SPRINGFIELD, Ill. (AP) -- A central Illinois judge has issued a temporary restraining order that prevents school districts statewide from requiring students to wear masks in classrooms, saying Gov. J.B. Pritzker overstepped his legal authority with a mask mandate that has angered many parents and teachers alike.
In a ruling issued Friday in response to a lawsuit filed by a group of parents and teachers, Sangamon County Circuit Judge Raylene Grischow also determined that several more of Pritzker's emergency orders to combat the spread of COVID-19, including one issued last year that mandates vaccinations for school employees, are "null and void."
"This court acknowledges the tragic toll the COVID-19 pandemic has taken, not only on this state but throughout the nation and globe," Grischow wrote in a ruling that affects 146 Illinois school districts, including the public school system in Chicago. "Nonetheless, it is the duty of the Courts to preserve the rule of law and ensure that all branches of government act within the boundaries of the authority granted under the Constitution."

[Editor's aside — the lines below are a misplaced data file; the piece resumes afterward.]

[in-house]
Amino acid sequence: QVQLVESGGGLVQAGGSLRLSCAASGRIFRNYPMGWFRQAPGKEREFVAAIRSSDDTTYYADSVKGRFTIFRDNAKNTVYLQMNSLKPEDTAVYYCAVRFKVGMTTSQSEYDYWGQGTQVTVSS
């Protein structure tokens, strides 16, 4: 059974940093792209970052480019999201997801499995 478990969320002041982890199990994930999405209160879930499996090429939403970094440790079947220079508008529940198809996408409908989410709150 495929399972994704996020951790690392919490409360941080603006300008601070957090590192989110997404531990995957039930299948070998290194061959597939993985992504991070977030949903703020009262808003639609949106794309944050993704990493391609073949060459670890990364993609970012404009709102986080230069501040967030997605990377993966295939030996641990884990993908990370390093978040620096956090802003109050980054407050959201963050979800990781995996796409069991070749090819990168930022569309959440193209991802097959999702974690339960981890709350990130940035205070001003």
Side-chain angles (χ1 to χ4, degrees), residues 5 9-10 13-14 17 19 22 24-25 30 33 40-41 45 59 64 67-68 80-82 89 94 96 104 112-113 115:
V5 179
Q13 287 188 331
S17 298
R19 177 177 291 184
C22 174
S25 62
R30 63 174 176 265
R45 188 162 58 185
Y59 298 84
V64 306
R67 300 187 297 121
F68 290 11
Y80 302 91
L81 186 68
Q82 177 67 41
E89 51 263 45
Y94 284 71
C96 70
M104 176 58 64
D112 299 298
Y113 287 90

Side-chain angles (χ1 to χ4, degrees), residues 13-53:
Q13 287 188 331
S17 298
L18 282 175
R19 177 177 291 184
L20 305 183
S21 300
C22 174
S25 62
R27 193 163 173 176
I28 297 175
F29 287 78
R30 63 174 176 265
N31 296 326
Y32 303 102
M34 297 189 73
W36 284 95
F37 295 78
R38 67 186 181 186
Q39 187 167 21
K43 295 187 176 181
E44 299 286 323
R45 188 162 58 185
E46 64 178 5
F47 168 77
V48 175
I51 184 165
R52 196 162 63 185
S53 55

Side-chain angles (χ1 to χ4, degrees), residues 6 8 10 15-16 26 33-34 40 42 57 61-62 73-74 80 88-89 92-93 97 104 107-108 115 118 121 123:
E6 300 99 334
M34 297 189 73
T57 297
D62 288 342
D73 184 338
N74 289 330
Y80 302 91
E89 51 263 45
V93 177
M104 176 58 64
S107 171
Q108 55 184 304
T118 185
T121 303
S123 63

Pritzker had harsh words for the judge's decision and quickly urged the state's attorney general's office to appeal, suggesting the ruling could spark another surge in the virus and force schools to close their doors and revert to online classes.
"The grave consequence of this misguided decision is that schools in these districts no longer have sufficient tools to keep students and staff safe while COVID-19 continues to threaten our communities -- and this may force schools to go remote," Pritzker said in a statement. "This shows yet again that the mask mandate and school exclusion protocols are essential tools to keep schools open and everyone safe."
Attorney General Kwame Raoul agreed with Pritzker that the ruling would make it more difficult to protect students and school employees from the virus, and said he would appeal.
"This decision sends the message that all students do not have the same right to safely access schools and classrooms in Illinois, particularly if they have disabilities or other health concerns," Raoul said in a statement.
The ruling "prioritizes a relatively small group of plaintiffs who refuse to follow widely-accepted science over the rights of other students, faculty and staff to enter schools without the fear of contracting a virus that has claimed the lives of more than 31,000 Illinois residents -- or taking that virus home to their loved ones," he said.
In her ruling, the judge agreed with the parents and teachers who argued that only local health departments, and not the governor or school districts, have the authority to require such measures. The judge also agreed with parents who argued that the state cannot require districts to force staffers to get vaccinated or test weekly "without first providing them due process of law."